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  • Lawrence Bailey

I’m trying to work out what the new normal means



There’s currently a lot of talk going around about the new “normal”.

It’s only understandable that we should be thinking in such terms. After all, evolution has hardwired us with the ability to adapt as a species – and if this trait sometimes falls foul of stubbornness and stupidity, well, that’s nothing new either.

For myself, I started out the year with a whole bunch of plans. These have largely been ditched since lockdown and the aim now is to see out 2020 in relative safety, along with those I love.

Like so many others, I’m also thinking about how I should modify behaviours when things finally lighten up. Besides pondering if I’ll ever feel safe on a plane or a cruise ship again, there’s the issue of how to get back to business.

I’m a relatively old hand at remote working. That said, I firmly subscribe to the belief that there’s really no substitute for actually being there.

What I mean is that it’s important for me to be sat in that busy coffee shop at the Village Hotel at SA1 so I can pick up on the buzz of pitches being made and deals being done.

Similarly, a walk along the seafront with the team responsible for restoring Mumbles Pier is essential to appreciate the scale of that ambitious regeneration project.

When I ‘accidentally’ wander into one of the Bay Studios soundstages for a sneak peek at the latest production, it has to be in person. How else do you get to physically touch the set that has transformed Studio 2 into a harbourside with a full-size fishing boat floating on a cellophane sea.

Equally, there’s no virtual alternative for the kind of on-site engagement needed with clients in the construction business, especially if you’re going to gain first-hand understanding of the myriad challenges they face as the nation tries to keep afloat.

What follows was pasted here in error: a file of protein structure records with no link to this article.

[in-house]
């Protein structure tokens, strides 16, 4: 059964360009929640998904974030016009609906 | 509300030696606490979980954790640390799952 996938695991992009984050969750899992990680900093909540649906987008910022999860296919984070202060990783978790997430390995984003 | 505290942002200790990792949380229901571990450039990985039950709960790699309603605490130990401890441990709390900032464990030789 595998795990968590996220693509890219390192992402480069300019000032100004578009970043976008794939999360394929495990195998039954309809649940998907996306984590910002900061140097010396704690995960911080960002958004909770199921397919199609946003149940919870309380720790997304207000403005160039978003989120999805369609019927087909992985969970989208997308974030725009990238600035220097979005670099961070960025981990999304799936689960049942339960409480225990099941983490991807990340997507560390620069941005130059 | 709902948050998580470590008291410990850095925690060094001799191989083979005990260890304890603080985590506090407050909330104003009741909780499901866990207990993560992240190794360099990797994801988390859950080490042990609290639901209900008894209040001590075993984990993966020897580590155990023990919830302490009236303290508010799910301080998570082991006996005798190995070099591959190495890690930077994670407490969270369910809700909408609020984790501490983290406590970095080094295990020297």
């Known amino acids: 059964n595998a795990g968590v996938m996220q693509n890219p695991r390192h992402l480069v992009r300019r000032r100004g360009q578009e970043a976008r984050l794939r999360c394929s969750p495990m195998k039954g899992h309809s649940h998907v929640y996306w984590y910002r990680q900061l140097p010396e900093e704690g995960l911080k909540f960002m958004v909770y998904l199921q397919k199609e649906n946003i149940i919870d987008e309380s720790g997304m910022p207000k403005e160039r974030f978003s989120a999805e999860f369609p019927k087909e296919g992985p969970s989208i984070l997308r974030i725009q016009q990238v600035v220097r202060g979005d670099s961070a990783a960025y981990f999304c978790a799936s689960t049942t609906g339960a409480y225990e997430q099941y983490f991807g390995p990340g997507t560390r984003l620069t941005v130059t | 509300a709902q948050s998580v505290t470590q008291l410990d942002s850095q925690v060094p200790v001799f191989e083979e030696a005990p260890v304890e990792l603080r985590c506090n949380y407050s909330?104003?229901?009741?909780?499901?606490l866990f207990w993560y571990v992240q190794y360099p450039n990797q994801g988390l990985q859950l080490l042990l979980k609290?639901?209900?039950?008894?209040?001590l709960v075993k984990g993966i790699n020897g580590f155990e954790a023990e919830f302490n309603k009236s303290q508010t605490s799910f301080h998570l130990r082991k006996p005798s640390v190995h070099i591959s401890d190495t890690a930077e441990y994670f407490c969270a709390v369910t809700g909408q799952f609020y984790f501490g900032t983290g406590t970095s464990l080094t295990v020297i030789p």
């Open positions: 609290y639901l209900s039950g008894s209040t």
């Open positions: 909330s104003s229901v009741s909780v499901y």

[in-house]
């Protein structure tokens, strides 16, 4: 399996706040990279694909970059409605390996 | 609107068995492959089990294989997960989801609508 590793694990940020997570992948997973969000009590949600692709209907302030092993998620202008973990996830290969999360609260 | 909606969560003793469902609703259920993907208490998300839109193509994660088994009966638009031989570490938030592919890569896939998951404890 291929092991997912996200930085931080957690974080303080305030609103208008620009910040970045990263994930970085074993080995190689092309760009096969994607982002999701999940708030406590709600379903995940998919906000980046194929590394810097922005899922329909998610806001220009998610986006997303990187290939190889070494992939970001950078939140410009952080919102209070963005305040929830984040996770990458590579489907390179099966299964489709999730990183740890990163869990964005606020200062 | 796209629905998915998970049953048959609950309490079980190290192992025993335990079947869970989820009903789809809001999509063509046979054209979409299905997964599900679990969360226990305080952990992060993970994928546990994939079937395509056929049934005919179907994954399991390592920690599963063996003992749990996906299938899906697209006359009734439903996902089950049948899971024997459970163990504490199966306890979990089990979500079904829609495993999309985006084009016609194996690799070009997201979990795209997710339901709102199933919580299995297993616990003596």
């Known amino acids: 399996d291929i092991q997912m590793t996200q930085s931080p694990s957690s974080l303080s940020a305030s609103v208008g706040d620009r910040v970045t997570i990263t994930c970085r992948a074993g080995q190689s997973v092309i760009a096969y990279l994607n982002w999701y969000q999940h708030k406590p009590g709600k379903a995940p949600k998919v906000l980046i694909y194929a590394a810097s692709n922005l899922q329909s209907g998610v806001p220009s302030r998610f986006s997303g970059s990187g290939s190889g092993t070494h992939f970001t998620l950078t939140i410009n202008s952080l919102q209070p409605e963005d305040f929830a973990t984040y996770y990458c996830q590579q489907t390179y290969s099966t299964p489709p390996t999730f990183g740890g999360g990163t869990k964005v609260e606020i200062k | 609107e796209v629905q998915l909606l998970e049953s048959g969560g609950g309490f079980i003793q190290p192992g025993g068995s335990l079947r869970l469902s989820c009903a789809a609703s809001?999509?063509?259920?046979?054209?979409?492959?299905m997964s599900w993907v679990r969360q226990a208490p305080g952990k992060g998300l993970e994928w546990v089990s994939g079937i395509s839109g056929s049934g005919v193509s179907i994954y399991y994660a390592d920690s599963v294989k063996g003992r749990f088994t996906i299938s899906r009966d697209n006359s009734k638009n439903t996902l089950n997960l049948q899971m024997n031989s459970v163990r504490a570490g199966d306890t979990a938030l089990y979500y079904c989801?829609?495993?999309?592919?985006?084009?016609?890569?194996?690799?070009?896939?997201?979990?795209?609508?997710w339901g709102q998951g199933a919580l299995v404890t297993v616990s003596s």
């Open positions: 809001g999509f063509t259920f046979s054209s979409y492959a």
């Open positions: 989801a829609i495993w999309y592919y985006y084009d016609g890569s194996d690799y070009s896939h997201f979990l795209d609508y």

Each of the firms on our books massively depend on customer contact as the bedrock of their business – and that’s where everyone is struggling at the moment.

A few temporary ‘fixes’ look likely to become permanent. My guess is that greater acceptance of video-conferencing means I can wave farewell to the erratic rail service between here and London. Phoning in my abject apologies as the train sits idle at Reading station is something I definitely won’t miss.

Indeed, it’s remarkable how necessity has nudged the advisory groups to which I belong towards a productive grasp of online technology. Meetings are a lot more polite too, albeit slightly distracted as we check out each other’s carefully arranged home office backdrops.

This social distancing phenomenon has modified working practices in unforeseen ways. One of my collaborators tells me a new 3D mapping service using drones has actually boosted her land survey business. I must say I’m dead impressed by what I’ve seen of the product so far.

The renewable energy firms who use our services likewise predict a significant industry-wide shift. They reckon consumer demand will remain on a par with present levels but that the future involves smarter generation methods.

Past experience has shown how these guys know what they’re talking about. They’d developed contingency plans in the event of a global pandemic way before anyone had even heard of problems in Wuhan.

However, as I update the SA1 Waterfront Business Club website, I’m still wondering if even the tentative chat about a resumption of near-normality come September is realistic.

Will we go back to handshakes and relaxed networking anytime soon or are we likely to endure life on hold in our pre-vaccine limbo for a while longer?

Don’t ask me, I just work here.

For all the bold statements to be heard at the daily briefings, we’re still victims of happenstance to some degree and there are plenty of uncertainties out there mixed with new perspectives to remind us what’s actually important in our lives.

Maybe that’s what the new normal should be about too.



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